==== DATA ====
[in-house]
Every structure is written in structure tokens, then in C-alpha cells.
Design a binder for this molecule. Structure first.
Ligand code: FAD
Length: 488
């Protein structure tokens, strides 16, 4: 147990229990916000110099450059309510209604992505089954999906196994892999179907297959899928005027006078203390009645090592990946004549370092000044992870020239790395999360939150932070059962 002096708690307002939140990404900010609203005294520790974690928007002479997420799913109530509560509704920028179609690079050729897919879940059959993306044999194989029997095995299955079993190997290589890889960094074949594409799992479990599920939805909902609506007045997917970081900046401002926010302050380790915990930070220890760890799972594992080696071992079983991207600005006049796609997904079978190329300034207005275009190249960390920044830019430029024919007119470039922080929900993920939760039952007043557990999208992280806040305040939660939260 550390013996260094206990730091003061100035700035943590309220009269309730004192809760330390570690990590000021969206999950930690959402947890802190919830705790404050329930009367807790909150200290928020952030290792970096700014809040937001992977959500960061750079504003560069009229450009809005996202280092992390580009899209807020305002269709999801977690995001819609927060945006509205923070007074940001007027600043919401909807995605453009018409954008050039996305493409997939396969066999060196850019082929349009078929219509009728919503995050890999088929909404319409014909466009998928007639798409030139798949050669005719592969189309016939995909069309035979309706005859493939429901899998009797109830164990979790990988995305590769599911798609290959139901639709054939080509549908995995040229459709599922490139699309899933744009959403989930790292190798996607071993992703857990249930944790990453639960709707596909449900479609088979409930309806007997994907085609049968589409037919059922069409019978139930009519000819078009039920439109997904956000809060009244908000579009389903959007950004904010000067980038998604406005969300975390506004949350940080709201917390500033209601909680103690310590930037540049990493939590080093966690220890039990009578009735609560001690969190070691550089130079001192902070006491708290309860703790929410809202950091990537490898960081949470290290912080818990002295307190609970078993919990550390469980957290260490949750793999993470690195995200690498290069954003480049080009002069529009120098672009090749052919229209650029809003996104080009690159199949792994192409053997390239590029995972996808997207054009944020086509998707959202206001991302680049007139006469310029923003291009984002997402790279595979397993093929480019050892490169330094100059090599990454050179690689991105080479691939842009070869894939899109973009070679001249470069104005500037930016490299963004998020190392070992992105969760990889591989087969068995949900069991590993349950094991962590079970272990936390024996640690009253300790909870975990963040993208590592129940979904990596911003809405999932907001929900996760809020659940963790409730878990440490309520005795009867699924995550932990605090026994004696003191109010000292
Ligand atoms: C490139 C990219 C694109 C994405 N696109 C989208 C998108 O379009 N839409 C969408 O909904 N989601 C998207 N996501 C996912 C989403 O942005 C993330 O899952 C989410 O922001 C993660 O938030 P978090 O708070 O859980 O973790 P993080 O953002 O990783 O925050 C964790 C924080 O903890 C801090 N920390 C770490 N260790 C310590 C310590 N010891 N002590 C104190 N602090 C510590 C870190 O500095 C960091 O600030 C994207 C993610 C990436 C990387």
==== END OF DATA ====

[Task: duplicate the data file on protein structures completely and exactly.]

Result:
[in-house]
Every structure is written in structure tokens, then in C-alpha cells.
Design a binder for this molecule. Structure first.
Ligand code: FAD
Length: 488
């Protein structure tokens, strides 16, 4: 147990229990916000110099450059309510209604992505089954999906196994892999179907297959899928005027006078203390009645090592990946004549370092000044992870020239790395999360939150932070059962 002096708690307002939140990404900010609203005294520790974690928007002479997420799913109530509560509704920028179609690079050729897919879940059959993306044999194989029997095995299955079993190997290589890889960094074949594409799992479990599920939805909902609506007045997917970081900046401002926010302050380790915990930070220890760890799972594992080696071992079983991207600005006049796609997904079978190329300034207005275009190249960390920044830019430029024919007119470039922080929900993920939760039952007043557990999208992280806040305040939660939260 550390013996260094206990730091003061100035700035943590309220009269309730004192809760330390570690990590000021969206999950930690959402947890802190919830705790404050329930009367807790909150200290928020952030290792970096700014809040937001992977959500960061750079504003560069009229450009809005996202280092992390580009899209807020305002269709999801977690995001819609927060945006509205923070007074940001007027600043919401909807995605453009018409954008050039996305493409997939396969066999060196850019082929349009078929219509009728919503995050890999088929909404319409014909466009998928007639798409030139798949050669005719592969189309016939995909069309035979309706005859493939429901899998009797109830164990979790990988995305590769599911798609290959139901639709054939080509549908995995040229459709599922490139699309899933744009959403989930790292190798996607071993992703857990249930944790990453639960709707596909449900479609088979409930309806007997994907085609049968589409037919059922069409019978139930009519000819078009039920439109997904956000809060009244908000579009389903959007950004904010000067980038998604406005969300975390506004949350940080709201917390500033209601909680103690310590930037540049990493939590080093966690220890039990009578009735609560001690969190070691550089130079001192902070006491708290309860703790929410809202950091990537490898960081949470290290912080818990002295307190609970078993919990550390469980957290260490949750793999993470690195995200690498290069954003480049080009002069529009120098672009090749052919229209650029809003996104080009690159199949792994192409053997390239590029995972996808997207054009944020086509998707959202206001991302680049007139006469310029923003291009984002997402790279595979397993093929480019050892490169330094100059090599990454050179690689991105080479691939842009070869894939899109973009070679001249470069104005500037930016490299963004998020190392070992992105969760990889591989087969068995949900069991590993349950094991962590079970272990936390024996640690009253300790909870975990963040993208590592129940979904990596911003809405999932907001929900996760809020659940963790409730878990440490309520005795009867699924995550932990605090026994004696003191109010000292
Ligand atoms: C490139 C990219 C694109 C994405 N696109 C989208 C998108 O379009 N839409 C969408 O909904 N989601 C998207 N996501 C996912 C989403 O942005 C993330 O899952 C989410 O922001 C993660 O938030 P978090 O708070 O859980 O973790 P993080 O953002 O990783 O925050 C964790 C924080 O903890 C801090 N920390 C770490 N260790 C310590 C310590 N010891 N002590 C104190 N602090 C510590 C870190 O500095 C960091 O600030 C994207 C993610 C990436 C990387």